Some of the material in Morgoth’s Ring is quite alarming, however. Readers of the Silmarillion know that central to Tolkien’s legendarium is the light of the Two Trees, for which the sun and moon were only replacements after their destruction. However, Tolkien, who conceived of Middle-Earth as being one and the same with our world, at one point became dissatisfied with his mythic explanation of the sun and moon, reasoning that the Elves would have known better than to pass down down fanciful stories. Instead of simply letting go of the idea that this was our world and therefore needed a compatible cosmology, Tolkien began to revise fundamental aspects of his cosmology, causing serious problems for the stories he had already written and guaranteeing that the Silmarillion would never be published in his lifetime. This material is admittedly fascinating, if rather frustrating and bound to make those who love the published Silmarillion a bit queasy.
A few of us from the Online Great Books community read and discussed all of Walker Percy’s novels as an extracurricular. (Well, I managed five out of six.) I confess that I came away from the experience with grave misgivings about this canonical Catholic novelist—by the time I finished his fourth novel, I was somewhat disgusted with him and required a break (hence I missed the fifth).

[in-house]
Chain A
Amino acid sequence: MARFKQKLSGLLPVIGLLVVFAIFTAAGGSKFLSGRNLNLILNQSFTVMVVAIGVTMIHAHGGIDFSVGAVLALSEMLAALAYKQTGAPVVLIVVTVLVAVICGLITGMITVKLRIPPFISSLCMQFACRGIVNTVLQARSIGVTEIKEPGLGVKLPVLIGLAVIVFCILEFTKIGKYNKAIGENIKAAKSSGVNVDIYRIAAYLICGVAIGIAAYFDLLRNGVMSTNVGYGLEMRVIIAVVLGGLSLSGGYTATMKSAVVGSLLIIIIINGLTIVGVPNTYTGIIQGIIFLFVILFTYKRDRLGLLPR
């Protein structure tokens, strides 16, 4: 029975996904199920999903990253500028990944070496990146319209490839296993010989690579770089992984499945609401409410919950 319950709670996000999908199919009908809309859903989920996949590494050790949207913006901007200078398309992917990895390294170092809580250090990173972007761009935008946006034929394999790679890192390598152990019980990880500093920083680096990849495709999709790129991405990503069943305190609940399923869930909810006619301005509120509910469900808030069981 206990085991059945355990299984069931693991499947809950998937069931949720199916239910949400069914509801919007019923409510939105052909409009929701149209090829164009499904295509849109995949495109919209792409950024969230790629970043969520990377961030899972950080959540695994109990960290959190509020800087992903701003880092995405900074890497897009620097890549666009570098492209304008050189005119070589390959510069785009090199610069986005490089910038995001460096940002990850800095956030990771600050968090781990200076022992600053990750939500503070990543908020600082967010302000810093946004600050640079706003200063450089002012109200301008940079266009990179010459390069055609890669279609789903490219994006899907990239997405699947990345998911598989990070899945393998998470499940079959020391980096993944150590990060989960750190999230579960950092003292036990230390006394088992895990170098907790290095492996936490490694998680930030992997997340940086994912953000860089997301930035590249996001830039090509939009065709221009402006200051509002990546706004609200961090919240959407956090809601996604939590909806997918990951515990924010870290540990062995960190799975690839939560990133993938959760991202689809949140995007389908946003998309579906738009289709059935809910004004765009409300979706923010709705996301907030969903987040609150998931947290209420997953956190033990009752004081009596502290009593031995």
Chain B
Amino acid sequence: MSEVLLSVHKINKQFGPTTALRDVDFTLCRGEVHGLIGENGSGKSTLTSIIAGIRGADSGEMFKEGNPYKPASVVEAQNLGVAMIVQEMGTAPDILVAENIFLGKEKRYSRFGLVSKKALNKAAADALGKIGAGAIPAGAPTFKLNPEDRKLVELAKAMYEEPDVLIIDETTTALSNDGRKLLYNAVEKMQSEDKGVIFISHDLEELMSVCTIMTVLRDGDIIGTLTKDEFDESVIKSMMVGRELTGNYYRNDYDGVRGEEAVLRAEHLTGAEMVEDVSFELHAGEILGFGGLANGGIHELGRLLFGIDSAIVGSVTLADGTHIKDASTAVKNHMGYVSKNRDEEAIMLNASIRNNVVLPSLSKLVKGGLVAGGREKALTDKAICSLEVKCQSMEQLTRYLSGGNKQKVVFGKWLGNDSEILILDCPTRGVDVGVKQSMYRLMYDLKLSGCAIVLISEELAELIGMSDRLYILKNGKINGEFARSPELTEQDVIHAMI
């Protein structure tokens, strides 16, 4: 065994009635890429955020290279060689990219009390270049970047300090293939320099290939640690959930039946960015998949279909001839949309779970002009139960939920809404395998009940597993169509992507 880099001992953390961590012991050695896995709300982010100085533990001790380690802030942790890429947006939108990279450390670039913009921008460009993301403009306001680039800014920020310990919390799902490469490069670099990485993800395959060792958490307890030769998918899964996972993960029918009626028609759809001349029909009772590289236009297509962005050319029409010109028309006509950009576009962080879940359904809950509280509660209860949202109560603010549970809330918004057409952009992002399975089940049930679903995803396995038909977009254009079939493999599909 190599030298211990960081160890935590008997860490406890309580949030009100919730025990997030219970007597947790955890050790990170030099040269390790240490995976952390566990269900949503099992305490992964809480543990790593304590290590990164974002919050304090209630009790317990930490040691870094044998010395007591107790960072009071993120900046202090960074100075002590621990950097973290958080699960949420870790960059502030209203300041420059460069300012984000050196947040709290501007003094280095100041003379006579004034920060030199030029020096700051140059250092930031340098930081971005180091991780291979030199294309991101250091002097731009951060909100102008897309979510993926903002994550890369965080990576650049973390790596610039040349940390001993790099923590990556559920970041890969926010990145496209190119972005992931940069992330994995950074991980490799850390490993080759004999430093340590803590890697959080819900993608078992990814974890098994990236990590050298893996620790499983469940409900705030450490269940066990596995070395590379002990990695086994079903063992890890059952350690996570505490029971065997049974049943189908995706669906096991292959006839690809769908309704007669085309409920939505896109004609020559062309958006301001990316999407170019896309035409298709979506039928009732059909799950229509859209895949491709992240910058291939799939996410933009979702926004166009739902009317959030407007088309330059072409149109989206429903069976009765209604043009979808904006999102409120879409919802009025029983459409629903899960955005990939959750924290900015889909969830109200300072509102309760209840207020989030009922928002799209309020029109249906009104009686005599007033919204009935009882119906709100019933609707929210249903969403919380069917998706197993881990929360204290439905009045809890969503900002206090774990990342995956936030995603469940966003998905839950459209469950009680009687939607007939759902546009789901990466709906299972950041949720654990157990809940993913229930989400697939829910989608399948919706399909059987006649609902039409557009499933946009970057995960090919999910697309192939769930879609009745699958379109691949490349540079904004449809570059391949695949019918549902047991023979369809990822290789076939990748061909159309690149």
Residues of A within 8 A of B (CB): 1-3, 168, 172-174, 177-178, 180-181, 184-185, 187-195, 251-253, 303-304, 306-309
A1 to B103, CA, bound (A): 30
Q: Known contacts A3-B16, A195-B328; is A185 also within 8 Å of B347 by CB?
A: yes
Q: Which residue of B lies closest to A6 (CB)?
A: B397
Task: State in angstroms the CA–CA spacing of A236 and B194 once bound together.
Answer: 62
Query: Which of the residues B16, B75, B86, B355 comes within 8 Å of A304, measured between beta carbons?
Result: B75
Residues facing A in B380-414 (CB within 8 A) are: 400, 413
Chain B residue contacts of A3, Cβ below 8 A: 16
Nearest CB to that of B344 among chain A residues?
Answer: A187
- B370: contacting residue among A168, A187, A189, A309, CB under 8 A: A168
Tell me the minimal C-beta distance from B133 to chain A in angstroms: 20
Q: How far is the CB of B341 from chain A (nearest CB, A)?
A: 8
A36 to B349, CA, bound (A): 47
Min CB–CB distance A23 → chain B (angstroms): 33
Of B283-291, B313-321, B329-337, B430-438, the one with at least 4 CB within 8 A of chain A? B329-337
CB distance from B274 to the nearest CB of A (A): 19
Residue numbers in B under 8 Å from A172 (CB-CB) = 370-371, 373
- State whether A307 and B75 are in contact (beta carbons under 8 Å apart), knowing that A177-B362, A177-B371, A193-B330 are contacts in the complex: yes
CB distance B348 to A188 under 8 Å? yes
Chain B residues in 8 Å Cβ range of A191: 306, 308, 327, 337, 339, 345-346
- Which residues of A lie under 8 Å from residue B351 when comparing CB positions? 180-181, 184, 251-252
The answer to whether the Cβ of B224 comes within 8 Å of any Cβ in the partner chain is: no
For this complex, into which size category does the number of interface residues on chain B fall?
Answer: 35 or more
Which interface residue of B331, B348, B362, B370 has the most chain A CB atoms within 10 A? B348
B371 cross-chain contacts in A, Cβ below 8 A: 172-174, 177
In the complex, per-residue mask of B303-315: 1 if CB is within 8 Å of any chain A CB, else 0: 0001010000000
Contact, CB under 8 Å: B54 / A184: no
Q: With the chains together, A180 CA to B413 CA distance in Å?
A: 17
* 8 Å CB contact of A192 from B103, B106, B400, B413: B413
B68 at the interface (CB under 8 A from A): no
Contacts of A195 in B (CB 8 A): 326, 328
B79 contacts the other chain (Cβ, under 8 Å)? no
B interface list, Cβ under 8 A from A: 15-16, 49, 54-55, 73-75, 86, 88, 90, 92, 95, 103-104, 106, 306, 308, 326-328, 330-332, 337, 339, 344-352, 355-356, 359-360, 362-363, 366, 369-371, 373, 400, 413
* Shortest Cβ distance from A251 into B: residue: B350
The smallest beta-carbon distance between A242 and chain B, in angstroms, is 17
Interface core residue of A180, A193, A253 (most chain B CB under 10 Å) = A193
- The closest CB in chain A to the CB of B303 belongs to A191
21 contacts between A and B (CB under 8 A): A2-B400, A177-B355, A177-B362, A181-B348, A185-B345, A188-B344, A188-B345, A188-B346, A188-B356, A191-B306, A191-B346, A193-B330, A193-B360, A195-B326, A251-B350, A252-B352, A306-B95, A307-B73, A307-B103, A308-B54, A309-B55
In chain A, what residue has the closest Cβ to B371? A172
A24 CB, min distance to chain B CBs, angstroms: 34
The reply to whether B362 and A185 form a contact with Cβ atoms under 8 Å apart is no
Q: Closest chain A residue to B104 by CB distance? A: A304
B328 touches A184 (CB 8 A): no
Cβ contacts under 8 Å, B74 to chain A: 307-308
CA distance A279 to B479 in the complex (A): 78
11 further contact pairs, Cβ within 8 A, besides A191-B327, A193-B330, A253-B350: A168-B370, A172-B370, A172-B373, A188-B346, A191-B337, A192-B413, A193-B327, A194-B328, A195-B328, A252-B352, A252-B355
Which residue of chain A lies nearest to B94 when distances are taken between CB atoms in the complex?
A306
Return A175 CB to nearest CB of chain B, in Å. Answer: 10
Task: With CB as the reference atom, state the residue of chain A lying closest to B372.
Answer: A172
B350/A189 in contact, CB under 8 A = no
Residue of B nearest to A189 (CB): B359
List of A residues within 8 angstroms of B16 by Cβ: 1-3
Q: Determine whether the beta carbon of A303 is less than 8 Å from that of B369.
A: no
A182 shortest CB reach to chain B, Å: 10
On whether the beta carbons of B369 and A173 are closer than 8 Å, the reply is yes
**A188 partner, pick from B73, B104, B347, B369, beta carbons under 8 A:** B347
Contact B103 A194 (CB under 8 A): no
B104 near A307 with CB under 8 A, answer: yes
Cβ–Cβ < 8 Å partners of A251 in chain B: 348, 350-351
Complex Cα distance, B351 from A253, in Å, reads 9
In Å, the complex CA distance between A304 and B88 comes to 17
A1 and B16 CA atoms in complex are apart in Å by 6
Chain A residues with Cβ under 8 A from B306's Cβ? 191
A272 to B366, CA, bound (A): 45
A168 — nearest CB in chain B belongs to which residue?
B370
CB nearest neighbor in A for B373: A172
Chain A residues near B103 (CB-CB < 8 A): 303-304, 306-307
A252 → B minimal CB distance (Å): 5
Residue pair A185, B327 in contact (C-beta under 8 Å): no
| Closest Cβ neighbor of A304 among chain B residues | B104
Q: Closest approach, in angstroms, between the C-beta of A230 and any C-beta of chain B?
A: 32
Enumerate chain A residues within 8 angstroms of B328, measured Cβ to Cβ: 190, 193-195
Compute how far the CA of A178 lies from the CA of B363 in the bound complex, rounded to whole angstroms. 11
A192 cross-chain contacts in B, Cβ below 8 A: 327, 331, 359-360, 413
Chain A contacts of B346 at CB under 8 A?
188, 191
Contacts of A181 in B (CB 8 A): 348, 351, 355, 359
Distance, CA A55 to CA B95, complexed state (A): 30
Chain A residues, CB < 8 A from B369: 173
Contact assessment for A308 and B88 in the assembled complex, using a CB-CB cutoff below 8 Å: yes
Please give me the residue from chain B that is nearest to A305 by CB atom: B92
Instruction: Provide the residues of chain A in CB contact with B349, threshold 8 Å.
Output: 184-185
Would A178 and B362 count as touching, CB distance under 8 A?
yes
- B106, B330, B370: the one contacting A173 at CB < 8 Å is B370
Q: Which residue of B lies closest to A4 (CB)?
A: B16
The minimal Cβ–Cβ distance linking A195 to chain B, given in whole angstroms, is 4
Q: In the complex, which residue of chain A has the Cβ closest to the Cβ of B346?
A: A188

Not only did I find Percy’s preoccupation with the same ideas and (seemingly personal) pathologies in every novel tiresome, but I was disturbed by his tendency to grow increasingly explicit, as his career went on, in describing the degeneracy he had managed to deal with more tastefully in his earlier work. I have doubts about the Catholicity of his overall body of work and am fairly certain he does not deserve to loom so large over 21st-century Catholic letters.
But his first novel, The Moviegoer, is worth the time of every reading Catholic. My other favorite (not without moral reservations) was his third novel, Love in the Ruins.